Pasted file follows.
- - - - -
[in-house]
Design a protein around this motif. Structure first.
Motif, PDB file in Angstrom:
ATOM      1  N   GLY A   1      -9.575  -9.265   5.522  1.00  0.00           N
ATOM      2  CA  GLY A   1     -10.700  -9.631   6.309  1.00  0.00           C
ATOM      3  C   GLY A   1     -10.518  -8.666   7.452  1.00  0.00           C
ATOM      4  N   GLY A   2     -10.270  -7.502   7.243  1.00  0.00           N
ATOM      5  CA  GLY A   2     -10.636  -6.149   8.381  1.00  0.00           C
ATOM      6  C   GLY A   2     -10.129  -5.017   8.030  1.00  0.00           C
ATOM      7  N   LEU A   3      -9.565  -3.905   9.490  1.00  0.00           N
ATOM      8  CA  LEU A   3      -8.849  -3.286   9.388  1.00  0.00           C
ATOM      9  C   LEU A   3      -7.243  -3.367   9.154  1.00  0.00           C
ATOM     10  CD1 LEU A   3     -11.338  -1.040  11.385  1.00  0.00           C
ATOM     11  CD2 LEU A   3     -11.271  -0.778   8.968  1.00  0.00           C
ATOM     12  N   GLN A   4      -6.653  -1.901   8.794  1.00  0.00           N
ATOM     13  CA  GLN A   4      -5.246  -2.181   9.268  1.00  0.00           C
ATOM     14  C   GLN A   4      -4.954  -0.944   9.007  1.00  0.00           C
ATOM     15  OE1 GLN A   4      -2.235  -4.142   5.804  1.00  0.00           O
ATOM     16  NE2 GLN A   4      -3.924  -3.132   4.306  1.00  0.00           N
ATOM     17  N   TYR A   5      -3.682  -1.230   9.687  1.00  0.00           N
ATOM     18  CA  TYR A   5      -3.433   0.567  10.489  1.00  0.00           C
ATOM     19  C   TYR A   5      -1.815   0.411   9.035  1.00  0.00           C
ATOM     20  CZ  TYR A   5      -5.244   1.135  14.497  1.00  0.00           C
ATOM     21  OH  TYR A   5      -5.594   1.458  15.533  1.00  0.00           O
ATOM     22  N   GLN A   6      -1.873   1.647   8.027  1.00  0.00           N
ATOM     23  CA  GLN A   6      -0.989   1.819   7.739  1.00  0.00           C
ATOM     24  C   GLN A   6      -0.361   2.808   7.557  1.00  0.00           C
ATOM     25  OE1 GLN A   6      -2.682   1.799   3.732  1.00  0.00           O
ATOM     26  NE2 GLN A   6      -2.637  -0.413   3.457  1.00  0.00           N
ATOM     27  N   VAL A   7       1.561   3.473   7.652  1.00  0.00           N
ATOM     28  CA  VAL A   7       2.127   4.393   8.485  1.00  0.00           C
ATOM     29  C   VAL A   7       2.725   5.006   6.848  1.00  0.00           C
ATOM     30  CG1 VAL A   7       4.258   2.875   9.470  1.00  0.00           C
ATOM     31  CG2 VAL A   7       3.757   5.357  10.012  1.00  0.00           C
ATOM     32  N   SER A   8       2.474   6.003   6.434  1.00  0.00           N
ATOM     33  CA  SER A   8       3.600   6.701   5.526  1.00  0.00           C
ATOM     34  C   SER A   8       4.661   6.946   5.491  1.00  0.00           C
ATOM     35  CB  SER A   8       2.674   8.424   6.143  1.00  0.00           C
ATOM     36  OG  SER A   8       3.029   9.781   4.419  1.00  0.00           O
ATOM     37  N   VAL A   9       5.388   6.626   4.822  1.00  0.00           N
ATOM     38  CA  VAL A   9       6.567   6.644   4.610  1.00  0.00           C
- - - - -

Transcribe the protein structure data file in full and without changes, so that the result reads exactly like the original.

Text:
[in-house]
Design a protein around this motif. Structure first.
Motif, PDB file in Angstrom:
ATOM      1  N   GLY A   1      -9.575  -9.265   5.522  1.00  0.00           N
ATOM      2  CA  GLY A   1     -10.700  -9.631   6.309  1.00  0.00           C
ATOM      3  C   GLY A   1     -10.518  -8.666   7.452  1.00  0.00           C
ATOM      4  N   GLY A   2     -10.270  -7.502   7.243  1.00  0.00           N
ATOM      5  CA  GLY A   2     -10.636  -6.149   8.381  1.00  0.00           C
ATOM      6  C   GLY A   2     -10.129  -5.017   8.030  1.00  0.00           C
ATOM      7  N   LEU A   3      -9.565  -3.905   9.490  1.00  0.00           N
ATOM      8  CA  LEU A   3      -8.849  -3.286   9.388  1.00  0.00           C
ATOM      9  C   LEU A   3      -7.243  -3.367   9.154  1.00  0.00           C
ATOM     10  CD1 LEU A   3     -11.338  -1.040  11.385  1.00  0.00           C
ATOM     11  CD2 LEU A   3     -11.271  -0.778   8.968  1.00  0.00           C
ATOM     12  N   GLN A   4      -6.653  -1.901   8.794  1.00  0.00           N
ATOM     13  CA  GLN A   4      -5.246  -2.181   9.268  1.00  0.00           C
ATOM     14  C   GLN A   4      -4.954  -0.944   9.007  1.00  0.00           C
ATOM     15  OE1 GLN A   4      -2.235  -4.142   5.804  1.00  0.00           O
ATOM     16  NE2 GLN A   4      -3.924  -3.132   4.306  1.00  0.00           N
ATOM     17  N   TYR A   5      -3.682  -1.230   9.687  1.00  0.00           N
ATOM     18  CA  TYR A   5      -3.433   0.567  10.489  1.00  0.00           C
ATOM     19  C   TYR A   5      -1.815   0.411   9.035  1.00  0.00           C
ATOM     20  CZ  TYR A   5      -5.244   1.135  14.497  1.00  0.00           C
ATOM     21  OH  TYR A   5      -5.594   1.458  15.533  1.00  0.00           O
ATOM     22  N   GLN A   6      -1.873   1.647   8.027  1.00  0.00           N
ATOM     23  CA  GLN A   6      -0.989   1.819   7.739  1.00  0.00           C
ATOM     24  C   GLN A   6      -0.361   2.808   7.557  1.00  0.00           C
ATOM     25  OE1 GLN A   6      -2.682   1.799   3.732  1.00  0.00           O
ATOM     26  NE2 GLN A   6      -2.637  -0.413   3.457  1.00  0.00           N
ATOM     27  N   VAL A   7       1.561   3.473   7.652  1.00  0.00           N
ATOM     28  CA  VAL A   7       2.127   4.393   8.485  1.00  0.00           C
ATOM     29  C   VAL A   7       2.725   5.006   6.848  1.00  0.00           C
ATOM     30  CG1 VAL A   7       4.258   2.875   9.470  1.00  0.00           C
ATOM     31  CG2 VAL A   7       3.757   5.357  10.012  1.00  0.00           C
ATOM     32  N   SER A   8       2.474   6.003   6.434  1.00  0.00           N
ATOM     33  CA  SER A   8       3.600   6.701   5.526  1.00  0.00           C
ATOM     34  C   SER A   8       4.661   6.946   5.491  1.00  0.00           C
ATOM     35  CB  SER A   8       2.674   8.424   6.143  1.00  0.00           C
ATOM     36  OG  SER A   8       3.029   9.781   4.419  1.00  0.00           O
ATOM     37  N   VAL A   9       5.388   6.626   4.822  1.00  0.00           N
ATOM     38  CA  VAL A   9       6.567   6.644   4.610  1.00  0.00           C